Seed World

New Study Shows US Soybean’s Carbon Footprint Decreasing

Soybeans, field, crop, row crop
Rows of soy bean plants in a field

Assessment shows a significant reduction in soybean industry’s global warming potential since 2010 and 2015

The United Soybean Board detailed a recent Life Cycle Assessment (LCA) that revealed a significant reduction in the global warming potential (GWP) profile of the U.S. soybean industry in 2021 for whole soybeans, soybean meal and soy oil compared to findings from 2015 and 2010. The USB- and National Oilseed Processors Association (NOPA)-commissioned study evaluated environmental impact drivers, including soybean cultivation and harvesting (such as herbicides, field operations, and fertilizer), transportation and energy usage in processing.

“USB’s mission is to create value for U.S. soybean farmers by investing in research, education, and promotion of U.S. Soy,” USB CEO Lucas Lentsch said in a release. “This research helps farmers better assess and understand soy’s contribution to environmental impacts throughout the life cycle of the entire soybean value chain. Ultimately, this data can competitively position our downstream products such as human foods, animal feeds, biofuels, and other industrial applications.”

Soybean production, a major commodity crop, continues to grow over time, contributing $124 billion to the U.S. economy. The global output increased from fewer than 50 million tons in 1970 to more than 350 million tons in 2020, with the U.S. being one of the largest producers and the second-largest exporter. Soybeans also account for about 90% of U.S. oilseed production in the agricultural sector.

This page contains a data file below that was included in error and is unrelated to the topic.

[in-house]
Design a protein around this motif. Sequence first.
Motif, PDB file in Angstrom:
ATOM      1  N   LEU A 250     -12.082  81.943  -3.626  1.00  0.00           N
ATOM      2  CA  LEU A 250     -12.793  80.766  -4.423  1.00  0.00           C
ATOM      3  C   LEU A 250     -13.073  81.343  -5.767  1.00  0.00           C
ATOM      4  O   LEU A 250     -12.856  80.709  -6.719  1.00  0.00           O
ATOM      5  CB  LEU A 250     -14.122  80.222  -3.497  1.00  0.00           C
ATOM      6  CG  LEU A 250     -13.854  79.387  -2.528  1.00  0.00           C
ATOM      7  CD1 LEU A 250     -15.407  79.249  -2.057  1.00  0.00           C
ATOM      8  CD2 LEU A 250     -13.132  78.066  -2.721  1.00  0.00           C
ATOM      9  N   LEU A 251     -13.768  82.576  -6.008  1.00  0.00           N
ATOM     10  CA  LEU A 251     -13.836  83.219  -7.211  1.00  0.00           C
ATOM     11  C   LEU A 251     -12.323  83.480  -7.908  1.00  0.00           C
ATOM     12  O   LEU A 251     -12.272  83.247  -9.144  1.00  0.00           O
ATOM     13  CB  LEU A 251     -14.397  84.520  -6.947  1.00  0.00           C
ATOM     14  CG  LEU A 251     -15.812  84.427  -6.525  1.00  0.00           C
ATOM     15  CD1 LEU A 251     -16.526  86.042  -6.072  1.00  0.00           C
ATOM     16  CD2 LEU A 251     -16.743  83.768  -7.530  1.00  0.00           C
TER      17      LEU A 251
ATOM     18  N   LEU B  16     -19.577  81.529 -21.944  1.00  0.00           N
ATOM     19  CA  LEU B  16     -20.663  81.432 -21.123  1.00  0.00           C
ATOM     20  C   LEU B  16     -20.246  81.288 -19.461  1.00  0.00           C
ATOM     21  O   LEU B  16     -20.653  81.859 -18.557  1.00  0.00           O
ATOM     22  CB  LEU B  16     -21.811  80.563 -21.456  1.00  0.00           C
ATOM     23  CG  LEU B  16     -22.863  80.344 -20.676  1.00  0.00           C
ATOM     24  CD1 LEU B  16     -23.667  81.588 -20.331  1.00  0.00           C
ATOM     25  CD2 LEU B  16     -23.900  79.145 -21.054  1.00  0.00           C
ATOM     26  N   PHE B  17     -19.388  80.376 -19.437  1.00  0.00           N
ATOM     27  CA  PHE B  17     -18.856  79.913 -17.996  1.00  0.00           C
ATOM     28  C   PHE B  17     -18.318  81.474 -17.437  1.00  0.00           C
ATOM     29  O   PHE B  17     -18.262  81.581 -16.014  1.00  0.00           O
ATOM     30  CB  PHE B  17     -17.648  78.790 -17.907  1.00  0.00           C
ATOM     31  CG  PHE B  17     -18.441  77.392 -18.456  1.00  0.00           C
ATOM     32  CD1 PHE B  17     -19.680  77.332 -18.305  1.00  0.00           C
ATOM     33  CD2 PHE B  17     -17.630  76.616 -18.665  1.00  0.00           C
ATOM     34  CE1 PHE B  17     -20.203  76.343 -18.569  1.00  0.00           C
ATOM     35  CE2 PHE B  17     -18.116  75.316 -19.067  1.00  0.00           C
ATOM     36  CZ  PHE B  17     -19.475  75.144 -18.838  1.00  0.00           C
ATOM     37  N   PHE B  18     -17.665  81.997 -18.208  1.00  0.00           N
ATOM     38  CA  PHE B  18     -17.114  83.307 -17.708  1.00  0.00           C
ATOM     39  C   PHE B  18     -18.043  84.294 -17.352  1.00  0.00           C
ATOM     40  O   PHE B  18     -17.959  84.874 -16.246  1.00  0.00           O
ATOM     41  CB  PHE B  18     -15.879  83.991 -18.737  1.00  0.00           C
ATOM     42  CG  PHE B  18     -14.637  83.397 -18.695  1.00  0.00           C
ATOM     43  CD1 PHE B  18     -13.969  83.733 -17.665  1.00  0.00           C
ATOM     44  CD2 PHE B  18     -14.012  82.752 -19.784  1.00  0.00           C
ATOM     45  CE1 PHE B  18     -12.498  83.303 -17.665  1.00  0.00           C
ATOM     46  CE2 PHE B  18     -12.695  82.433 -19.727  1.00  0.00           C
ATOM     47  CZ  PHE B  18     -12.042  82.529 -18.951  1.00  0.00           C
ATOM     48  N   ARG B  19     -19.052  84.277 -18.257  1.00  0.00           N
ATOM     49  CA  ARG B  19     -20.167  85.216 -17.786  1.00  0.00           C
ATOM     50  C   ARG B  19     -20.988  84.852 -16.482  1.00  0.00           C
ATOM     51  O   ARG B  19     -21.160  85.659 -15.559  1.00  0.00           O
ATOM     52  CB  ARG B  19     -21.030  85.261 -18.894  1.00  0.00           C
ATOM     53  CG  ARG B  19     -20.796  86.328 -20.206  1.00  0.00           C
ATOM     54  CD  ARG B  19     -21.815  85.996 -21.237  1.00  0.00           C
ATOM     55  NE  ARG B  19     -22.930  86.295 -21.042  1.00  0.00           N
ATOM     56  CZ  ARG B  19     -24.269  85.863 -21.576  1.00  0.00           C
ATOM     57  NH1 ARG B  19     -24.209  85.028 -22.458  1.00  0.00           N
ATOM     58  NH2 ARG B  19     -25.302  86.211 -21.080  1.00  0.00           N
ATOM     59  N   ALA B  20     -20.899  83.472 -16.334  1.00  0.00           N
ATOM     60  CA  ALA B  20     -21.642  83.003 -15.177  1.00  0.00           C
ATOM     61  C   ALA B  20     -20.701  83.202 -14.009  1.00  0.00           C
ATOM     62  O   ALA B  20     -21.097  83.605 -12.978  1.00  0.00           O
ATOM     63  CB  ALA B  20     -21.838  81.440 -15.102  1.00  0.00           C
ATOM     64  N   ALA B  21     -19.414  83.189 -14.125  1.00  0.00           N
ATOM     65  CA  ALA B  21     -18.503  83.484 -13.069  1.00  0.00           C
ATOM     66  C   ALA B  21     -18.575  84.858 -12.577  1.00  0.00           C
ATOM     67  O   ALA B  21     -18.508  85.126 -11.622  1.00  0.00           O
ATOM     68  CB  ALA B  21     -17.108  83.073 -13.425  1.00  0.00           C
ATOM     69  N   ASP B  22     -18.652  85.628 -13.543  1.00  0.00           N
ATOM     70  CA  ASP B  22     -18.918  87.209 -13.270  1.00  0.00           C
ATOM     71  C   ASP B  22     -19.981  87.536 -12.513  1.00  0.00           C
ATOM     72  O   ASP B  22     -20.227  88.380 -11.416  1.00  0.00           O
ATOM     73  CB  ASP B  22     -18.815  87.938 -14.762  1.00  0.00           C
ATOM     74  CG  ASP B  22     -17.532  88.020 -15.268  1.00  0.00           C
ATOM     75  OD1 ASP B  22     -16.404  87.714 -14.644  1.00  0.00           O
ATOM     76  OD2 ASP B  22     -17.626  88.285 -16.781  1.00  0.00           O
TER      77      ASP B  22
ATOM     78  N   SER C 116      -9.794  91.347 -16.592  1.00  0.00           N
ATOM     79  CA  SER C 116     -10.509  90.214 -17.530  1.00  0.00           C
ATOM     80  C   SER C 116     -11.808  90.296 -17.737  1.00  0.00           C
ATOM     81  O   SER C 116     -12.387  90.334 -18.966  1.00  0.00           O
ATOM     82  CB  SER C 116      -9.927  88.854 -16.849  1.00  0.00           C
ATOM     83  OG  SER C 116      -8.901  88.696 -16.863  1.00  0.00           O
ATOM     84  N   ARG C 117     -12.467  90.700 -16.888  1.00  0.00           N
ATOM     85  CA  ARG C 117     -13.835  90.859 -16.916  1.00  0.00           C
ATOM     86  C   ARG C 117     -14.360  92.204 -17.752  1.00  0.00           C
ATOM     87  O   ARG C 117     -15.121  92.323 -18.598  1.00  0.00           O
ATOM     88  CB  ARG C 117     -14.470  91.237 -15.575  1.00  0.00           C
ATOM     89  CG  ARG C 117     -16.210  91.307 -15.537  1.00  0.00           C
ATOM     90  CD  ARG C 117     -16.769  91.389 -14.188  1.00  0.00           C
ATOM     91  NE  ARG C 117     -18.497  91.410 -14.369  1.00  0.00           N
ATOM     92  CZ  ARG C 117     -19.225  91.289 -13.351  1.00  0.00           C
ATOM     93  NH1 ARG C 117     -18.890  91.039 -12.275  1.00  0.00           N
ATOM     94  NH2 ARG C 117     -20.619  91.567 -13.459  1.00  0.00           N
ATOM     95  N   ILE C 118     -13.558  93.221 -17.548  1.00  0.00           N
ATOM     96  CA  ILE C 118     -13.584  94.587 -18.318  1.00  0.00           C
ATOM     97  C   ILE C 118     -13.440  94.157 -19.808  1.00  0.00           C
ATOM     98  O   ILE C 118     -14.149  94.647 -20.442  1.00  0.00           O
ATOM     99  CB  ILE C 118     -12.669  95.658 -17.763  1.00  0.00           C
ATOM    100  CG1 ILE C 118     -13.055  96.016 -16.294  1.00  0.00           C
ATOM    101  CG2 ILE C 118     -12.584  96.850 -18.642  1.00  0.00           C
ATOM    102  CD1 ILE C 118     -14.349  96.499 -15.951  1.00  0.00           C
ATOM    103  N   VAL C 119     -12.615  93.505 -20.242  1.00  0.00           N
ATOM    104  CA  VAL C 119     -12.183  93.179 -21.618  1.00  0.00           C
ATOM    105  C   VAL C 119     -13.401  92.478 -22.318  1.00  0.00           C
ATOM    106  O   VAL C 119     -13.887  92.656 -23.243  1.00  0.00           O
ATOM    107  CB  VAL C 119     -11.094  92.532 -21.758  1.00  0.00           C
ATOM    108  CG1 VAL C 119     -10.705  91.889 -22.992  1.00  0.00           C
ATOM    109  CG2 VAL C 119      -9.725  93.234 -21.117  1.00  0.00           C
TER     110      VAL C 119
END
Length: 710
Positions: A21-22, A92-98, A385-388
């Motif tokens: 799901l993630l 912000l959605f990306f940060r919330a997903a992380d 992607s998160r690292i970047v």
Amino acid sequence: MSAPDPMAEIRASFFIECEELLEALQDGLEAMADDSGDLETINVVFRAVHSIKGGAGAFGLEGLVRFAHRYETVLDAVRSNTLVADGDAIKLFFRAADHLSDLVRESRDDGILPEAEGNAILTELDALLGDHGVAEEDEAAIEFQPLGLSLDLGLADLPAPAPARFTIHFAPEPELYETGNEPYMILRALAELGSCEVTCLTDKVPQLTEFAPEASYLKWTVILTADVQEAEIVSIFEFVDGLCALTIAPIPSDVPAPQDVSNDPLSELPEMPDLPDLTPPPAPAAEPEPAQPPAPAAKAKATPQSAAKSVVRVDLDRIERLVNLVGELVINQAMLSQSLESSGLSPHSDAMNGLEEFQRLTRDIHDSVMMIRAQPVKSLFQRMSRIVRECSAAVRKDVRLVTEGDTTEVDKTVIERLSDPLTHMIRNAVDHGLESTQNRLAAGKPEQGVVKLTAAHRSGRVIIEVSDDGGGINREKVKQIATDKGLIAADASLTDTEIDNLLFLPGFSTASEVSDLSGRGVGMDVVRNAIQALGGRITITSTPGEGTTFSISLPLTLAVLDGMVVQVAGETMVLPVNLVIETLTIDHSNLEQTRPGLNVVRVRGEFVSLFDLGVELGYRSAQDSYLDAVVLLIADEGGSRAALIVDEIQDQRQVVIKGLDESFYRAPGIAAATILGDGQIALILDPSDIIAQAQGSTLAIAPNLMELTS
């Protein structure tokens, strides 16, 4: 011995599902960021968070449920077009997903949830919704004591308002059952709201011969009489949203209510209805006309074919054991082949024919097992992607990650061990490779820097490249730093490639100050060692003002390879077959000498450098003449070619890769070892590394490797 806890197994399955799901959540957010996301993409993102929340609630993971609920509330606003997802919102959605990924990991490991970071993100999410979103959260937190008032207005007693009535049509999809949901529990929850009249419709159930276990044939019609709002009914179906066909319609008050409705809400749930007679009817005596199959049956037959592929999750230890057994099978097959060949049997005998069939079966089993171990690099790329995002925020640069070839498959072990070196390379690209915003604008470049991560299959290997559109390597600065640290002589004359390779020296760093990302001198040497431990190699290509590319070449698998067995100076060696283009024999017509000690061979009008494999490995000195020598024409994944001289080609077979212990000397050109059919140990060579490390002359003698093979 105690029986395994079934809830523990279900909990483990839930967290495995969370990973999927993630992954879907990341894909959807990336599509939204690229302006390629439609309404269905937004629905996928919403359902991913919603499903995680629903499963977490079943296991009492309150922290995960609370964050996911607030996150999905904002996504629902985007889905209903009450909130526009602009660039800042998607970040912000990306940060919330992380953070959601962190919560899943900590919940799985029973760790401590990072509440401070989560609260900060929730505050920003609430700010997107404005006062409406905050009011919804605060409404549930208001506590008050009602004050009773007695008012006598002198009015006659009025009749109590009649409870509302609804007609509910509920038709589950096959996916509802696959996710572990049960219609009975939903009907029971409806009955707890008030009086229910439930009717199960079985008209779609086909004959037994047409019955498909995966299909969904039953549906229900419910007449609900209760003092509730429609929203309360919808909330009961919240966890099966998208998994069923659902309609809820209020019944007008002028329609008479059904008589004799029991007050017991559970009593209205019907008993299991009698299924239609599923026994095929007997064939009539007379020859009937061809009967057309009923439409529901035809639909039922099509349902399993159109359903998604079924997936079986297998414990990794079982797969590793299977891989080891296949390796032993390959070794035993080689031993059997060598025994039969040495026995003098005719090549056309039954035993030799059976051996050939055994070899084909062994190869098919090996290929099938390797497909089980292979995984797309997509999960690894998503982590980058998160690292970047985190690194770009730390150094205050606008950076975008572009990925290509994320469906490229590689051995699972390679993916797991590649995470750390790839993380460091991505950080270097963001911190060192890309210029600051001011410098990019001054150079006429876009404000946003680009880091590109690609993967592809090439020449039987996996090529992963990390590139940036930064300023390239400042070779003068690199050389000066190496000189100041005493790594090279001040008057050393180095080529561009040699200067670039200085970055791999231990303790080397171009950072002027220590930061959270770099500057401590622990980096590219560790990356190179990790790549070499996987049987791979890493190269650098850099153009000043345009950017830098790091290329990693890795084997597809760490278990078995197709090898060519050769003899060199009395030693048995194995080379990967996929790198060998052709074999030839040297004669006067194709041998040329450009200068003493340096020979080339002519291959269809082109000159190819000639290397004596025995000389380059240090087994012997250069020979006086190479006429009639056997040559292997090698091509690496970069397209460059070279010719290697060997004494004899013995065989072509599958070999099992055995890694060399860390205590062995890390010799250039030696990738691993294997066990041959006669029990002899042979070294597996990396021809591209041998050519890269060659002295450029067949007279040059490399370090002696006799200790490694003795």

The LCA study, conducted by Sustainable Solutions Corporation (SSC), analyzed data from 454 farms across 16 states for 2020 and 2021 and operations data from 52 soybean processors and 27 soy oil refiners across 18 states for 2021. The study found a significant decrease in the carbon footprint of the soybean industry in 2021 compared to 2015, including a 19% decrease for U.S. soybeans, a 6% decrease for U.S. soybean meal, a 22% decrease for U.S. crude soy oil, and an 8% decrease for U.S. refined soy oil.

“U.S. soybean processors have committed to efficiencies across plant operations, manufacturing, and transportation processes to improve environmental outcomes amid skyrocketing output,” NOPA president and CEO Kailee Tkacz Buller said. “The findings of the study align the industry’s improvements with positive environmental outcomes, demonstrating how soy processing has succeeded and allowing us to engage in new ways to maintain that upward trajectory. We look forward to a continued partnership with the soy supply chain to further enhance our commitment to environmental stewardship and lower carbon intensity in our operations.”

Factors contributing to the decrease in global warming potential include improving land management and soil health, increasing land efficiency and yields, reducing pesticide application and energy consumption, and implementing advanced technologies in manufacturing.

Sustainable Solutions Corporation president Tad Radzinski said “the results from the LCA conducted for the United Soybean Board and National Oilseed Processors Association demonstrate what can happen when organizations prioritize stewardship and sustainable collaboration. LCA is a key tool for continuous improvement through identifying and addressing key impact drivers.”

The full LCA report is available at